To get guys to play harder, the league is going to have to find an incentive to motivate the players. Currently, the winning team’s players get $50,000 each, the losing team $25,000 — while that extra $25K would make a big difference in your life or mine, for All-Stars with eight-figure annual salaries it doesn’t matter as much as staying healthy and getting some rest.

“It would be good to possibly incentivize the guys somehow, Kerr said. “I don’t know if you can maybe get their charities involved or winner-take-all type thing, but I think it’s possible to play a lot harder without taking a charge. We know what silly is out there, if you’re undercutting guys, but it’s almost gone too far the other way where there’s just no resistance at all. I think there’s a happy medium in there somewhere.”

There is, but until the NBA comes up with a new plan we’re not going to see it All-Star Weekend.

Kings announcer goes scorched earth on Twitter after DeMarcus Cousins trade

DALLAS, TX - DECEMBER 07:  DeMarcus Cousins #15 of the Sacramento Kings takes on the Dallas Mavericks in the second half at American Airlines Center on December 7, 2016 in Dallas, Texas. NOTE TO USER: User expressly acknowledges and agrees that, by downloading and or using this photograph, User is consenting to the terms and conditions of the Getty Images License Agreement.  (Photo by Tom Pennington/Getty Images)
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DeMarcus Cousins is now a member of the New Orleans Pelicans, but that hasn’t stopped members of the Sacramento Kings organization from taking shots at him as he walks out the door.

In the team press release announcing the trade on Monday Sacramento GM Vlade Divac said, “Winning begins with culture and character matters.”

Subtle.

Meanwhile, the team’s play-by-play announcer Grant Napear went scorched earth on Cousins minutes after the trade was announced. The Twitter thread is pretty dang straightforward:

Yikes.

There’s definitely a contingent of Kings fans that were fed up with Boogie’s attitude — 7 years is a long time to wait for your franchise center to not consistently get kicked out of games — but it’s not a good look to flame the dude on his way out.

Saying you don’t think they could win with him is one thing, but saying he’s a “dark cloud” and that most of his teammates hated him is borderline. Plus, coming from a team-affiliated it’s just a weird thing to do.

Napear has had his issues with Cousins in the past, so perhaps it’s understandable we see this reaction with the big man now in a new uniform.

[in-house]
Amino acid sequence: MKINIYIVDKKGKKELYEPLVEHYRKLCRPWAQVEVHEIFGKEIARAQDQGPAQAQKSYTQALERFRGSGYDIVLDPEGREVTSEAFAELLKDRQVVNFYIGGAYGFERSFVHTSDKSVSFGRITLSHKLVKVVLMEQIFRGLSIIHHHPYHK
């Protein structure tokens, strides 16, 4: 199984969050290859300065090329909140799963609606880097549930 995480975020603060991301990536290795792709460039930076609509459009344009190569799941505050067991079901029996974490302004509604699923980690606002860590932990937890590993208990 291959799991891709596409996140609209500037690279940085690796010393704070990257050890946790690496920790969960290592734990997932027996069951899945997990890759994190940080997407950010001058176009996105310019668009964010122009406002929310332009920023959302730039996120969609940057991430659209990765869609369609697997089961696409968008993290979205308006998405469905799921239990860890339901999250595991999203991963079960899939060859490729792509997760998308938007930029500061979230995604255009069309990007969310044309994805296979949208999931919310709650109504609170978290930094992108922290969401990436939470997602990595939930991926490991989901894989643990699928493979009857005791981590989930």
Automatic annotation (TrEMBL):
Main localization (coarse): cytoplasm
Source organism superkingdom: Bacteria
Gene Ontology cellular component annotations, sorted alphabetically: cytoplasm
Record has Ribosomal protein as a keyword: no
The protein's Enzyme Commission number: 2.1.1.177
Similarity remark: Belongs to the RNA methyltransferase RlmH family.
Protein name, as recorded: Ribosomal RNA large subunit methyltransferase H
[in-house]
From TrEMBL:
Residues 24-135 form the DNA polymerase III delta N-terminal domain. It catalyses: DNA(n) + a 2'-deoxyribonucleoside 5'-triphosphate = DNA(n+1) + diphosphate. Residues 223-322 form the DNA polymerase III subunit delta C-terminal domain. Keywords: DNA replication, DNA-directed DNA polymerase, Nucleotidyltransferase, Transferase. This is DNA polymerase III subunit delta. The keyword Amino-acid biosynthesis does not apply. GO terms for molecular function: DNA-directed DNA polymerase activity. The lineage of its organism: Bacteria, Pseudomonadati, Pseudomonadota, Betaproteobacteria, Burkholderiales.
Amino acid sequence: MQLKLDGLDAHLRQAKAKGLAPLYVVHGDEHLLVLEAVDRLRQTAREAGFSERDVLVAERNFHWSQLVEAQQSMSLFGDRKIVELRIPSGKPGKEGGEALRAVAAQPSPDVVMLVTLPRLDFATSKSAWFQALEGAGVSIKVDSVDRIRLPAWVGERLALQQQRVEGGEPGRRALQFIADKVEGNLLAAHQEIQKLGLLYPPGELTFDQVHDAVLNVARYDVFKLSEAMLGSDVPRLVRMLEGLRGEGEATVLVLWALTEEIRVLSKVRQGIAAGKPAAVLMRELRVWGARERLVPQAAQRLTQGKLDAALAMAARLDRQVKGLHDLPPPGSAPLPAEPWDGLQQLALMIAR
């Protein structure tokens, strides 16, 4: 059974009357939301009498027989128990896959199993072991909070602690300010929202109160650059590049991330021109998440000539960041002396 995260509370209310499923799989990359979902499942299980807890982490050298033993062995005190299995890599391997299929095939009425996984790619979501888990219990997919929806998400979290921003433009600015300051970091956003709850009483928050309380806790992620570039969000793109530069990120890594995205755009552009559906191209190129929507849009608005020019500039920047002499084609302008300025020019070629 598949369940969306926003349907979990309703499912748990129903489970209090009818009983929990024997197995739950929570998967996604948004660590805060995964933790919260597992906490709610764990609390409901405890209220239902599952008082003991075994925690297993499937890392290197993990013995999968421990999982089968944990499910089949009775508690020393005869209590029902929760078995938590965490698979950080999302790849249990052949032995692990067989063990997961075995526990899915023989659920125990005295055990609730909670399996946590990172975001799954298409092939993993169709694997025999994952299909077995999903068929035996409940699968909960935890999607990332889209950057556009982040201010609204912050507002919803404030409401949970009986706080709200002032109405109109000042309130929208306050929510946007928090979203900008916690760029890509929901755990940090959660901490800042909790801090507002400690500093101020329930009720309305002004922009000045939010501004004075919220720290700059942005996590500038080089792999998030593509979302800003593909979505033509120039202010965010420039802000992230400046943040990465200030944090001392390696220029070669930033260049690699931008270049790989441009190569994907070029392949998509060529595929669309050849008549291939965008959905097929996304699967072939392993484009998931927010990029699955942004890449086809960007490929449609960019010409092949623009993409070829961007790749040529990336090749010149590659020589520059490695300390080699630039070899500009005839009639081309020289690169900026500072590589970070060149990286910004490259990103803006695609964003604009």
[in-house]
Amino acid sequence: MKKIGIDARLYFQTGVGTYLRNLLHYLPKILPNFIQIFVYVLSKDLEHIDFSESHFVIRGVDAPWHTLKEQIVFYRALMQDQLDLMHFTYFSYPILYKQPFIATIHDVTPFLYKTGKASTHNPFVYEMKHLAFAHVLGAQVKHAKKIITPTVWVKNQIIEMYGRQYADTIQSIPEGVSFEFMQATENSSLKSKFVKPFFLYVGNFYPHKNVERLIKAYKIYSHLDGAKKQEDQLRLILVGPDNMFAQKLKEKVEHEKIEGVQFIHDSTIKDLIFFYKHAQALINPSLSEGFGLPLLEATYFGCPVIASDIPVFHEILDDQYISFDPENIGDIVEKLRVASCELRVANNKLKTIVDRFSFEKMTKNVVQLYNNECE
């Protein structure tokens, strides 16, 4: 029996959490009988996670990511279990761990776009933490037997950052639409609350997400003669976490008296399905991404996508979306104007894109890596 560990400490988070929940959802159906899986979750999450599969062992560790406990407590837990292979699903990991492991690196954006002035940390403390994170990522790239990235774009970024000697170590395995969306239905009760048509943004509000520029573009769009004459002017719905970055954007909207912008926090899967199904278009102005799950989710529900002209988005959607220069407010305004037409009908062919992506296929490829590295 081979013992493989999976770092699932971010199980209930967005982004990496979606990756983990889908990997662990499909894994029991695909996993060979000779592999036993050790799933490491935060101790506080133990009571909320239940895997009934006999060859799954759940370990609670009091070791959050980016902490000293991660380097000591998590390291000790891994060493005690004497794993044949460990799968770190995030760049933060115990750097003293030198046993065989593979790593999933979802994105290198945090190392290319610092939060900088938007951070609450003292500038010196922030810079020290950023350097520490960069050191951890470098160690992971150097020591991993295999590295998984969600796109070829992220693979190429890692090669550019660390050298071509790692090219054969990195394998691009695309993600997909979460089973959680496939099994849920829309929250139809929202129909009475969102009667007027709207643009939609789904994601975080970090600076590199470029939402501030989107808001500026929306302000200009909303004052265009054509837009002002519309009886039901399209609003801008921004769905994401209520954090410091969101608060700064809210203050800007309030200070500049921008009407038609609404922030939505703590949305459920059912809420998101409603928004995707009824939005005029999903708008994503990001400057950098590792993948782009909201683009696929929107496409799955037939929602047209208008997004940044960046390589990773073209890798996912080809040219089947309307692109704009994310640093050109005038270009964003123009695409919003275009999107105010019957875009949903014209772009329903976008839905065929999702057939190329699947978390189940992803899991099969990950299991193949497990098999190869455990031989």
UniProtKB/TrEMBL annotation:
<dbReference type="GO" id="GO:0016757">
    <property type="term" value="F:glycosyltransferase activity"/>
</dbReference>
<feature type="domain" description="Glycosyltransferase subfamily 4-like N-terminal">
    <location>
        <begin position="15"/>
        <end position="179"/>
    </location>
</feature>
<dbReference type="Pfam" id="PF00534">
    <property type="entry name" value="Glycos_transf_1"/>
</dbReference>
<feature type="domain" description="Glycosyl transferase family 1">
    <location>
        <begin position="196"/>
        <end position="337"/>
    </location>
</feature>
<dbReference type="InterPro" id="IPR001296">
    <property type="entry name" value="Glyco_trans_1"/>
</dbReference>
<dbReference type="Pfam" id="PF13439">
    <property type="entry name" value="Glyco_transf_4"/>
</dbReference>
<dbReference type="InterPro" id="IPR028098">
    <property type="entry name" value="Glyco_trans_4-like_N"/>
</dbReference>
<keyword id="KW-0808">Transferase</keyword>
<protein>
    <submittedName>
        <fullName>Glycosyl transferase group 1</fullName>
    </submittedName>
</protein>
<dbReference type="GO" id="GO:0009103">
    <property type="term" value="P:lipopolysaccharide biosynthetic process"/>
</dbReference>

Add this to Divac saying he had a better deal lined up two days ago, and the Kings look even moreso like an organization without a direction.

Charles Barkley hung out with King Cake Baby to celebrate his birthday (VIDEO)

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One of the New Orleans Pelicans mascots is a Pelican. His name is Pierre, and after a makeover he’s looking pretty normal these days. But the Pelicans also have a second mascot of sorts. His name is King Cake Baby — named after the Mardi Gras pastry — and he’s horrifying.

So when you have an NBA All-Star Game in town, what do you do? Trot out a giant baby mascot to mix in with the league’s elite, of course.

Or at least have him bother Charles Barkley on his birthday:

Ok it’s actually weirder that Kenny Smith wanted to see what was under King Cake Baby’s bib. I can never unsee that.

Vlade Divac on DeMarcus Cousins trade: “I had a better deal two days ago”

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The DeMarcus Cousins trade to the New Orleans Pelicans just gets weirder and weirder.

Speaking to reporters on Monday, Sacramento Kings GM Vlade Divac said that he had a more appetizing deal on the table for the All-Star center. Why didn’t they take it?

Divac would not say:

Perhaps even more confusing is that Divac said that owner Vivek Ranadive did not have input on the trade process. That seems highly unlikely, given how hands-on Ranadive has been in the past regarding keeping Cousins, killing Cousins trade talks for years.

“[Ranadive] didn’t have any idea,” Divac said of the trade. “I just told him what I was going to do.”

Let’s cut right to the chase here: this makes no sense.

First, because ownership in the NBA always has some kind of contact on trades, if only as a heads up. When it comes to franchise players, I’m hard-pressed to believe Ranadive wasn’t involved.

Meanwhile, what explanation could possibly be given for not pulling the trigger on a deal Divac admits was better than the one he got from New Orleans? There is one possible reason:

Cousins’ agent was very public in saying the star big man would not re-sign with the team that traded for him, some saber-rattling to try and scare teams off because Cousins didn’t want to be traded. Once traded, Cousins was no longer eligible for the Designated Player contract, meaning he would lose out on at least $30 million in his next deal.

Maybe a team pulled back because of that?

If not that, it’s hard to think of why the Kings would have not moved on a better offer.

The offer from the Pelicans was one that Ranadive has reportedly been a big fan of, particularly because he feels that Buddy Hield is has the potential to be in the range of Stephen Curry.

That’s a lot to unpack.

Then we have to get to the Kings and their press release, which takes an unsubtle potshot at Cousins with regard to his character:

“It was time for a change and I decided this was the best direction for the organization, said Divac. “Winning begins with culture and character matters. With the upcoming draft class set to be one of the strongest in a decade, this trade will allow us to build the depth needed for a talented and developing roster moving forward.”

Ah, ok. Couple that with Kings play-by-play announcer Grant Napear going nuclear on Cousins moments after he was traded and you’ve got an extremely confusing, bad looking coming out of Northern California.

The Kings are a mess.